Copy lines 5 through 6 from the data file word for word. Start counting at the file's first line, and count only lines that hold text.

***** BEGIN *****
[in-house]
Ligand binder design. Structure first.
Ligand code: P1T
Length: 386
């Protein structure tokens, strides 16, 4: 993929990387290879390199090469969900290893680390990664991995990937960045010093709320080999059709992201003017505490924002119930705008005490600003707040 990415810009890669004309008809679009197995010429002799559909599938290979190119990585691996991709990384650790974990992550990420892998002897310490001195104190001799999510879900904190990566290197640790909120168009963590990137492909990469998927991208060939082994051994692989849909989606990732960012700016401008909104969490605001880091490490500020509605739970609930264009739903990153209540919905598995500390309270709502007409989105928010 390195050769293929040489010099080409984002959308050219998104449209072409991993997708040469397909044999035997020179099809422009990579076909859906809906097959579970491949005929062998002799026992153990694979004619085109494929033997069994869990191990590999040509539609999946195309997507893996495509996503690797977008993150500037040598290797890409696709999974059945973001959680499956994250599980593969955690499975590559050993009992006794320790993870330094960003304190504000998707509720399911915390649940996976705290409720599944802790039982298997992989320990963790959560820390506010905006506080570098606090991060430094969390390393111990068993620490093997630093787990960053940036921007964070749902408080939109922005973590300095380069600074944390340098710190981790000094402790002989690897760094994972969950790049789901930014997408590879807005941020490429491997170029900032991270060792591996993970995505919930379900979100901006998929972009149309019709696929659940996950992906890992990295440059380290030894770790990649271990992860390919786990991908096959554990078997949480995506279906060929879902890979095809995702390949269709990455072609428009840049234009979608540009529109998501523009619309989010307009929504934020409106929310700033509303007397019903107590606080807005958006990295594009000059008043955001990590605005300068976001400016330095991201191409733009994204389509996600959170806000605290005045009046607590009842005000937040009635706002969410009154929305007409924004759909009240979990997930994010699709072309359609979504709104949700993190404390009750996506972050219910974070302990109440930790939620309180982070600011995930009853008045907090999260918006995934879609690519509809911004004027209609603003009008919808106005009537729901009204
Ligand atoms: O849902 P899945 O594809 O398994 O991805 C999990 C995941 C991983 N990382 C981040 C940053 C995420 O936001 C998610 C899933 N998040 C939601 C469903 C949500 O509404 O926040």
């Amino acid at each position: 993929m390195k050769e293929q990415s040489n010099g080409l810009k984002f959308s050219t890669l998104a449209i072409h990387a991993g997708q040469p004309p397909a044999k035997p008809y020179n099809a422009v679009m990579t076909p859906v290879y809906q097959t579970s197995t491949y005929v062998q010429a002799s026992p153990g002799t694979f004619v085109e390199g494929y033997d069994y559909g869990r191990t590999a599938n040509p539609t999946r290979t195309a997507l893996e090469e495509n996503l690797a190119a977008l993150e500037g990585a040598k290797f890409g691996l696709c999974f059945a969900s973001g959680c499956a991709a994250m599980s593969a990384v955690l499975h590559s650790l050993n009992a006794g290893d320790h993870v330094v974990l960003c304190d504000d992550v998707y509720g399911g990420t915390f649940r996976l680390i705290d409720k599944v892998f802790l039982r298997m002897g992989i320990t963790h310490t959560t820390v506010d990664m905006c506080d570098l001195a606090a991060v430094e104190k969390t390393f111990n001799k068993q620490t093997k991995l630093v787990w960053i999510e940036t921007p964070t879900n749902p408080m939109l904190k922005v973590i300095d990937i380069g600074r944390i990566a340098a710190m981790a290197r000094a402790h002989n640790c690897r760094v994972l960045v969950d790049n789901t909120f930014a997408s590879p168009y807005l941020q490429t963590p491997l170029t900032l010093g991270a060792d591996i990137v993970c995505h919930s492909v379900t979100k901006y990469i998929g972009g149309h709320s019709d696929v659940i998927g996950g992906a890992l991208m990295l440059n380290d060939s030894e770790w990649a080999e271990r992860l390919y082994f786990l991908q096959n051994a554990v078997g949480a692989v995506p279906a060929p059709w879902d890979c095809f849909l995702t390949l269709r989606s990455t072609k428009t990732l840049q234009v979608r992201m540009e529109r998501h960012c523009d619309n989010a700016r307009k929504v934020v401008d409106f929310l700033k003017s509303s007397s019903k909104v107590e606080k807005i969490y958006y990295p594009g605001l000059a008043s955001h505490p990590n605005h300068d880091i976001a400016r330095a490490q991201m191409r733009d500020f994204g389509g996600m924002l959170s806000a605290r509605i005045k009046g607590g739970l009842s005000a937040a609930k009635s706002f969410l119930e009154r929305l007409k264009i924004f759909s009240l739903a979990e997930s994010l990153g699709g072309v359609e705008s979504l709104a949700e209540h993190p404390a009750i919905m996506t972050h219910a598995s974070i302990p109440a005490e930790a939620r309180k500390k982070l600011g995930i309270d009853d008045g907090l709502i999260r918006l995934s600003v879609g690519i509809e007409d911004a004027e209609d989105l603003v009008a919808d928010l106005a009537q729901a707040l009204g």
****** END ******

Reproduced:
């Protein structure tokens, strides 16, 4: 993929990387290879390199090469969900290893680390990664991995990937960045010093709320080999059709992201003017505490924002119930705008005490600003707040 990415810009890669004309008809679009197995010429002799559909599938290979190119990585691996991709990384650790974990992550990420892998002897310490001195104190001799999510879900904190990566290197640790909120168009963590990137492909990469998927991208060939082994051994692989849909989606990732960012700016401008909104969490605001880091490490500020509605739970609930264009739903990153209540919905598995500390309270709502007409989105928010 390195050769293929040489010099080409984002959308050219998104449209072409991993997708040469397909044999035997020179099809422009990579076909859906809906097959579970491949005929062998002799026992153990694979004619085109494929033997069994869990191990590999040509539609999946195309997507893996495509996503690797977008993150500037040598290797890409696709999974059945973001959680499956994250599980593969955690499975590559050993009992006794320790993870330094960003304190504000998707509720399911915390649940996976705290409720599944802790039982298997992989320990963790959560820390506010905006506080570098606090991060430094969390390393111990068993620490093997630093787990960053940036921007964070749902408080939109922005973590300095380069600074944390340098710190981790000094402790002989690897760094994972969950790049789901930014997408590879807005941020490429491997170029900032991270060792591996993970995505919930379900979100901006998929972009149309019709696929659940996950992906890992990295440059380290030894770790990649271990992860390919786990991908096959554990078997949480995506279906060929879902890979095809995702390949269709990455072609428009840049234009979608540009529109998501523009619309989010307009929504934020409106929310700033509303007397019903107590606080807005958006990295594009000059008043955001990590605005300068976001400016330095991201191409733009994204389509996600959170806000605290005045009046607590009842005000937040009635706002969410009154929305007409924004759909009240979990997930994010699709072309359609979504709104949700993190404390009750996506972050219910974070302990109440930790939620309180982070600011995930009853008045907090999260918006995934879609690519509809911004004027209609603003009008919808106005009537729901009204
Ligand atoms: O849902 P899945 O594809 O398994 O991805 C999990 C995941 C991983 N990382 C981040 C940053 C995420 O936001 C998610 C899933 N998040 C939601 C469903 C949500 O509404 O926040």